DESFA, the natural gas grid operator, still apprehensive as a result of the energy warning system’s rise to Level 2 Alert over the past few days, has requested suppliers and gas-fueled electricity producers to submit consumer demand forecasts for the next seven days.
The arrival of an Algerian LNG ship yesterday to Greece’s terminal on Revythousa, an islet just off Athens, helped ease the pressure on the system. A further LNG shipment measuring 110,000 cubic meters is expected on January 20.
Local authorities need to remain vigilant. An electricity demand forecast made for yesterday by IPTO, the power grid operator, was nearly 1,000 MW below actual demand at midday.
ENTSO-E, the European Network of Transmission System Operators, has warned that new issues for European networks are possible as a result of problems expected in France next week.
It remains unclear who will be responsible for covering the cost of the energy crisis experienced. Besides the freezing temperatures, the crisis was primarily caused by market mechanism shortcomings and deficiencies.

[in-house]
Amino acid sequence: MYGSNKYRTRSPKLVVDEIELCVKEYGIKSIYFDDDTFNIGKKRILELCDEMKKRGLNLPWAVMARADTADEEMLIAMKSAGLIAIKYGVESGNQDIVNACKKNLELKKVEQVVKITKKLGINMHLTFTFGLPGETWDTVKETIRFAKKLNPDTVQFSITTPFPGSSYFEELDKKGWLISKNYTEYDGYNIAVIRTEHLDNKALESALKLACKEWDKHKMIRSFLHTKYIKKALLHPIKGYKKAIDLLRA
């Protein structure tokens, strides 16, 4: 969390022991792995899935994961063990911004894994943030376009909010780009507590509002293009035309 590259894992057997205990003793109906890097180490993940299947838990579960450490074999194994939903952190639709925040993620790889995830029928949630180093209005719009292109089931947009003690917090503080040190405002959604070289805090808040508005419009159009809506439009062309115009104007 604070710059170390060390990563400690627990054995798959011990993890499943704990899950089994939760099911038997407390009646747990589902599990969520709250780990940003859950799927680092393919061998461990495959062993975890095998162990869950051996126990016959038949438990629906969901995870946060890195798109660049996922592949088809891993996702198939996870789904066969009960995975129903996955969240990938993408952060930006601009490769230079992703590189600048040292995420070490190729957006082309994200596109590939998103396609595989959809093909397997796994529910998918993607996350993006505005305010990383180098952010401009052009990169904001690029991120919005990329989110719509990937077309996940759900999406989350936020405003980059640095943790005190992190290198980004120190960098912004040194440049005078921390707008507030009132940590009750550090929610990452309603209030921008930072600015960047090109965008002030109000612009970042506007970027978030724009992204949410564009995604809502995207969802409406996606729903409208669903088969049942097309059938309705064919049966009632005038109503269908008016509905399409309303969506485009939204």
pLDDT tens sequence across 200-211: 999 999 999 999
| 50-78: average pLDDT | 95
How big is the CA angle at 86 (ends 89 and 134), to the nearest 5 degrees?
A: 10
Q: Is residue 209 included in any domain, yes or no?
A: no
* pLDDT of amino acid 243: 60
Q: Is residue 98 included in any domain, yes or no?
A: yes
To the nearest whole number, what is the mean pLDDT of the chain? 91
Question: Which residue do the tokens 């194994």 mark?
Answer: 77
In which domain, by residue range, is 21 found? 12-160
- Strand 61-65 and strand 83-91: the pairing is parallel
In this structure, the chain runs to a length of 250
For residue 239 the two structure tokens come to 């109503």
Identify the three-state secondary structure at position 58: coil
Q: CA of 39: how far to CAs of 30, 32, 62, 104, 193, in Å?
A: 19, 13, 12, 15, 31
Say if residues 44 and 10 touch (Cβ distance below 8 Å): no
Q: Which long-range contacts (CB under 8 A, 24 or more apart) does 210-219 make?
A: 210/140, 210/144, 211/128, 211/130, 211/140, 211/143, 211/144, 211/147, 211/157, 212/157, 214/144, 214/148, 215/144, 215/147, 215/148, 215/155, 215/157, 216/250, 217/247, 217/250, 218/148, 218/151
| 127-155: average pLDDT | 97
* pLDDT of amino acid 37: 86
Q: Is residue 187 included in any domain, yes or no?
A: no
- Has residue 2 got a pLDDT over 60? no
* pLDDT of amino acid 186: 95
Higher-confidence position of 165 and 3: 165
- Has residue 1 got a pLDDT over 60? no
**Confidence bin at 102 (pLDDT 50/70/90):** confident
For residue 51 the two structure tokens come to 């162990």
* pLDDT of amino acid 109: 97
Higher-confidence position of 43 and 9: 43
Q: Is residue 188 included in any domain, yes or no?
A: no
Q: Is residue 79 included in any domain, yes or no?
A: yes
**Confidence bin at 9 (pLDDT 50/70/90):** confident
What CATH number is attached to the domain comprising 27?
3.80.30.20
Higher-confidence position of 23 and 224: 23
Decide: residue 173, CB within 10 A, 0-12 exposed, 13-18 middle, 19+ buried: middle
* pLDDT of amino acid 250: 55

As a result of the elevated energy demand in Greece, DEPA, the Public Gas Corporation, has been forced to make emergency LNG orders from Algeria, which costs 40 percent more than regular Russian supply. Spot market orders are even more costly, reaching 80 percent above usual levels.
Though DEPA normally charges its buyers accordingly, the corporation absorbed the additional cost entailed during the country’s first energy crisis over the festive season, but this cannot be continued. Consequently, the additional gas import costs will most likely be passed on to gas-fueled electricity producers, industries and households.
Electricity’s System Marginal Price (SMP) has remained low amid the energy crisis because the main power utility PPC, as the dominant supplier, opted to shoulder the bulk of the burden. Subsequently, the low SMP levels encouraged exports and prompted a demand increase for natural gas.